If you’re looking to improve the quality of your home’s water, you may be wondering whether a Halo water system or a traditional water softener is the better choice. Both offer benefits, but there are some key differences between the two technologies that are worth understanding before making a decision.
This comprehensive guide examines the pros and cons of Halo water systems and water softeners to help you determine which solution may be right for your needs.
A Brief Comparison Table
|Feature||Halo Water System||Water Softener|
|Filtration||Multi-stage filtration removes range of contaminants||No filtration|
|Hardness Removal Method||Filters out hard minerals||Ion exchange replaces hard minerals with salt|
|Salt Use||No salt required||Uses salt for regeneration|
|Removes Existing Scale||Minimal removal||Yes|
|Installation||Whole house or point-of-use||Whole house recommended|
|Cost||More expensive system and filters||Lower upfront cost|
|Maintenance||Replace filters every 6-12 months||Periodic resin bed cleaning and salt refills|
How Do Halo Water Systems Work?
Halo water systems use a multi-stage filtration process to remove impurities and minerals from tap water.
The systems contain a sediment pre-filter that traps particles like dirt and rust.
Water then flows through a carbon block filter that reduces chemicals, odors, and discoloration.
The key stage in a Halo system is the DI resin filter.
This filter contains a spherical resin bead that attracts and binds to minerals like calcium, magnesium, and manganese.
As hard water passes through the DI resin filter, the minerals are removed, leaving purified water.
Some Halo systems also include a remineralization filter after the DI resin stage. This adds beneficial minerals like calcium and magnesium back into the water for improved taste. However, levels are very low compared to untreated tap water.
Halo systems do not require any backwashing, drainage, or regeneration like a salt-based water softener. The filters simply need to be replaced every 6-12 months depending on water usage and conditions.
Benefits of Halo Water Systems
Here are some of the major benefits of choosing a Halo water system for your home:
- Removes Hard Minerals: Halo systems are highly effective at removing minerals like calcium and magnesium that contribute to hard water. This helps address issues like scale buildup and soap scum.
- Improves Taste: By reducing minerals and chemicals, Halo filters can improve the taste and smell of drinking water. The remineralization stage also adds back some beneficial minerals.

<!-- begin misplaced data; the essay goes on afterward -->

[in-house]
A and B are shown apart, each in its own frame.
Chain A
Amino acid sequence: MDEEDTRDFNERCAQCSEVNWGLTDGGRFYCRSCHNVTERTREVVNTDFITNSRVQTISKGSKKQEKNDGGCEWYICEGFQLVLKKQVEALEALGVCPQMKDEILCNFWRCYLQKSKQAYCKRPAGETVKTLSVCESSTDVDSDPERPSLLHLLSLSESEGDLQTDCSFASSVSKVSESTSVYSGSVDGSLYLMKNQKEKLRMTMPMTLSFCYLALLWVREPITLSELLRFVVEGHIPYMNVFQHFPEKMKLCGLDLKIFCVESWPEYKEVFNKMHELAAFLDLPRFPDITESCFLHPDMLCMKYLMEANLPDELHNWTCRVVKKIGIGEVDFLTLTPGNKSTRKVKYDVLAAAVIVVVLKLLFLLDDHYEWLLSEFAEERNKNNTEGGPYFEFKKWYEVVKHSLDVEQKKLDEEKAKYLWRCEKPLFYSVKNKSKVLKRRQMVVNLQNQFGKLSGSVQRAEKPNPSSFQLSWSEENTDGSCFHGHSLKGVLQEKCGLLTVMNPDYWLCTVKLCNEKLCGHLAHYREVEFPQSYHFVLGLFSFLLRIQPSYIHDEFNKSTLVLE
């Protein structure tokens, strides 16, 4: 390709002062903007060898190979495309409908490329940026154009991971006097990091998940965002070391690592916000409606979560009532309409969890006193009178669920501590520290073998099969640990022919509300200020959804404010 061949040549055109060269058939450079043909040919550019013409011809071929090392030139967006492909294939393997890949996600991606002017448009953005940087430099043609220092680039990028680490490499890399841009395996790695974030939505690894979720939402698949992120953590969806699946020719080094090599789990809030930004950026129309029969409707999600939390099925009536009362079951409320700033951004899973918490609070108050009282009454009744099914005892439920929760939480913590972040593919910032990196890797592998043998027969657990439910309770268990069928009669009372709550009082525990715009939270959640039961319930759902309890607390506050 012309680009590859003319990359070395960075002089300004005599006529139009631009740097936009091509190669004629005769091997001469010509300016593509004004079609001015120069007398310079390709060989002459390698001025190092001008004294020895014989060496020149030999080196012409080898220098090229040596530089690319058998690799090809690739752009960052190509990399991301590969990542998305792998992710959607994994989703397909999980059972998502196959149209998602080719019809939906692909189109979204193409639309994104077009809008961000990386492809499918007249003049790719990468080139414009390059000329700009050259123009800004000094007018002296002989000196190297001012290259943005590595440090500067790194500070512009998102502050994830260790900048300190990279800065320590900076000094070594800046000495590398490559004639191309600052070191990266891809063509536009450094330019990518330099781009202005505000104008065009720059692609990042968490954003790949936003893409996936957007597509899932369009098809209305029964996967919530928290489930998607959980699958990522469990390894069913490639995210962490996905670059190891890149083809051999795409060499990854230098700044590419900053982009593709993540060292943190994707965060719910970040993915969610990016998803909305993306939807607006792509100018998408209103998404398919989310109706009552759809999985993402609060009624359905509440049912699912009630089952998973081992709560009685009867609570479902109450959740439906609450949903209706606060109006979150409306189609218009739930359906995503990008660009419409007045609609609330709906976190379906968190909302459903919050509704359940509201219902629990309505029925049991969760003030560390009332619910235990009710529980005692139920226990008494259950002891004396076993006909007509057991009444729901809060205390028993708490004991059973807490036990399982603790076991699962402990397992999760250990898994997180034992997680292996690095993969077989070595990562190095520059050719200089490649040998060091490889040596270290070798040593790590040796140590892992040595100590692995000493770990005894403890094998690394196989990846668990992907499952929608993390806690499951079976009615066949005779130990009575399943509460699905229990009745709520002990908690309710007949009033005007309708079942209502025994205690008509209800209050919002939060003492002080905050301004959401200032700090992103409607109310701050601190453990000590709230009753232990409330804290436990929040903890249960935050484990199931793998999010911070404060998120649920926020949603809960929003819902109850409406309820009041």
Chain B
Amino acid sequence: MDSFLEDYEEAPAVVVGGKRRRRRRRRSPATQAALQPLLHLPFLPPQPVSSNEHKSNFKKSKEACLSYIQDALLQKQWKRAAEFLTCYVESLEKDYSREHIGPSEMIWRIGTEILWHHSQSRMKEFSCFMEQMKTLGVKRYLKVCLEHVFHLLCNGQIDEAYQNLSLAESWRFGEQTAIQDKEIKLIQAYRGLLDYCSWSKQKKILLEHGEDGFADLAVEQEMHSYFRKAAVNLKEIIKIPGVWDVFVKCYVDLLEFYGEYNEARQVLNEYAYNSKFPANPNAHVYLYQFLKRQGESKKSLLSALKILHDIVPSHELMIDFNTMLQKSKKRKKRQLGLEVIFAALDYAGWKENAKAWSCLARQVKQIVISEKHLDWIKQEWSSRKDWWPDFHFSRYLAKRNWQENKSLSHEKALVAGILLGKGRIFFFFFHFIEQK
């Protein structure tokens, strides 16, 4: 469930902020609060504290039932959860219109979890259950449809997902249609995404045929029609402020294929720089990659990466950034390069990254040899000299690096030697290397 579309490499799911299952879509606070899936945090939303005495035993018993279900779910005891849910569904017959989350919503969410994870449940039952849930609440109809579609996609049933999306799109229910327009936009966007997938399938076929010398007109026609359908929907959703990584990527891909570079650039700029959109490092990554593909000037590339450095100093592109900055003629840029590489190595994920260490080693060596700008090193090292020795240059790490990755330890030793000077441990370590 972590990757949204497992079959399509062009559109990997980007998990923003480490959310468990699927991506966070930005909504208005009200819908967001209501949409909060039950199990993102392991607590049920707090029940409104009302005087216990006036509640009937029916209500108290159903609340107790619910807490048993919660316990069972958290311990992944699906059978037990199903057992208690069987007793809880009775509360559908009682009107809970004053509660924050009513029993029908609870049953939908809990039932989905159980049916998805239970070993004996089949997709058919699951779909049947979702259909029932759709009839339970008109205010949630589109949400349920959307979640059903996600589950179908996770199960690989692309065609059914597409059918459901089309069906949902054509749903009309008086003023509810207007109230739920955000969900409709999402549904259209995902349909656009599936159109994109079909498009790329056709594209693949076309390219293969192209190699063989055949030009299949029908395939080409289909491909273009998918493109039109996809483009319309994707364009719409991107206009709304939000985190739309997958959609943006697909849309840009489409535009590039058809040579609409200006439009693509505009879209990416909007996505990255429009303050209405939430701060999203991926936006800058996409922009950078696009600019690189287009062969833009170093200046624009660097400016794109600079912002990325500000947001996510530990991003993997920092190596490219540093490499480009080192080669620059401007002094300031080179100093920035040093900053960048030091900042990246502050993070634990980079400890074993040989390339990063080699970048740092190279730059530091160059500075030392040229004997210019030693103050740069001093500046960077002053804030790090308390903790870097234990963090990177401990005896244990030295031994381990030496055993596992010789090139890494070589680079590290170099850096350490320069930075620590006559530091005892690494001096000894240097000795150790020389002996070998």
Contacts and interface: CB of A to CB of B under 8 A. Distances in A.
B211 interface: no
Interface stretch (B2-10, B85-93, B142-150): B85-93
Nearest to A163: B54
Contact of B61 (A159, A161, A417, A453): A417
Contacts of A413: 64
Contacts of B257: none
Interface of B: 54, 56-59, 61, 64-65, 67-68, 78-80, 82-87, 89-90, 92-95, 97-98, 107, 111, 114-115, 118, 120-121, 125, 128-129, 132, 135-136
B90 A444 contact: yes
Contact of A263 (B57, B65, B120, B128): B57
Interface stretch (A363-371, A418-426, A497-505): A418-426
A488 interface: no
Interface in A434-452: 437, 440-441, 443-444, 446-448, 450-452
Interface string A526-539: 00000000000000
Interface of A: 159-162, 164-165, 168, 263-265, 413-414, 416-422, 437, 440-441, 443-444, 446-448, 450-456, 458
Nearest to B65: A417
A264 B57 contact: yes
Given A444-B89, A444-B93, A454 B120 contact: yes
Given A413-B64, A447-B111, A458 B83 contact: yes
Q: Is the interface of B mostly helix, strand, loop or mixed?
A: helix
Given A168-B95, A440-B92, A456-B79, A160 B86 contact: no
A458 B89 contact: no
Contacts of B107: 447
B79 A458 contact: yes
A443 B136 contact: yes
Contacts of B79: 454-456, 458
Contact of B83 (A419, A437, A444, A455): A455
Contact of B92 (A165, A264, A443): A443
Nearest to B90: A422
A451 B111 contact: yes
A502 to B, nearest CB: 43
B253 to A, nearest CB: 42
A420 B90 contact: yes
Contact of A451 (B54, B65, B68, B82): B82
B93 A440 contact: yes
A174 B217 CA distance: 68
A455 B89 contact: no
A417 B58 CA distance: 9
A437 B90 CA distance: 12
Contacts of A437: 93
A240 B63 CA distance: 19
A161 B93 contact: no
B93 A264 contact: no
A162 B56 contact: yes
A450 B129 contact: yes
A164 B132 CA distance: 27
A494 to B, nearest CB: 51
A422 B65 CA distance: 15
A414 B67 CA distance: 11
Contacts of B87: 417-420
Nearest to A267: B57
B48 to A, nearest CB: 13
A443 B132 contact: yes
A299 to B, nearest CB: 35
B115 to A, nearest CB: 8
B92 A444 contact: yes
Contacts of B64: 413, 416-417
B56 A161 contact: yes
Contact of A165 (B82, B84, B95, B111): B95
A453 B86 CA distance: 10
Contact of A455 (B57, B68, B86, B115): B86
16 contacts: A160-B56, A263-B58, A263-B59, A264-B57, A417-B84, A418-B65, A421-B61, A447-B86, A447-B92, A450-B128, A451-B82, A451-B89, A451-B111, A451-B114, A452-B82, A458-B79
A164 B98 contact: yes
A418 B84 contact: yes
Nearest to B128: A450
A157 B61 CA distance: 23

- Whole House Filtration: Larger Halo systems can be installed to filter all the water entering a home. This provides filtered water for drinking, cooking, bathing, and cleaning.
- Low Maintenance: Halo systems do not require backwashing, draining tanks, or salt refills like a water softener. Just replace filters every 6-12 months.
- Eco-Friendly: Because they don’t use salt, Halo systems are more environmentally friendly compared to traditional water softeners. No risk of salt runoff or contamination.
- Retains Beneficial Minerals: Halo filters only remove hardness minerals. They do not strip out other beneficial minerals that may be present in tap water.
- May Improve Hair and Skin: Softer water from a Halo system can result in smoother skin and hair compared to hard water.
Drawbacks of Halo Water Systems
While Halo systems have many advantages, there are some downsides to consider:
- Higher Upfront Cost: Purchasing and installing a whole house Halo system often costs significantly more than a water softener. Replacement filters also add ongoing costs.
- Still Needs Periodic Maintenance: While less intensive than a water softener, Halo filters need to be replaced every 6-12 months to maintain performance. Ignoring this can result in decreased effectiveness.
- Remineralization May Be Inadequate: Critics argue the remineralization stage in Halo systems does not adequately restore beneficial mineral levels for health. Magnesium in particular may remain too low.
- No Softening Capabilities: Although they remove hardness minerals, Halo systems do not replace them with sodium like a true softener. So softened water benefits are more limited.
- May Need Additional Equipment: For optimal results, some homes may need additional water purification equipment used in conjunction with a Halo system. This further increases costs.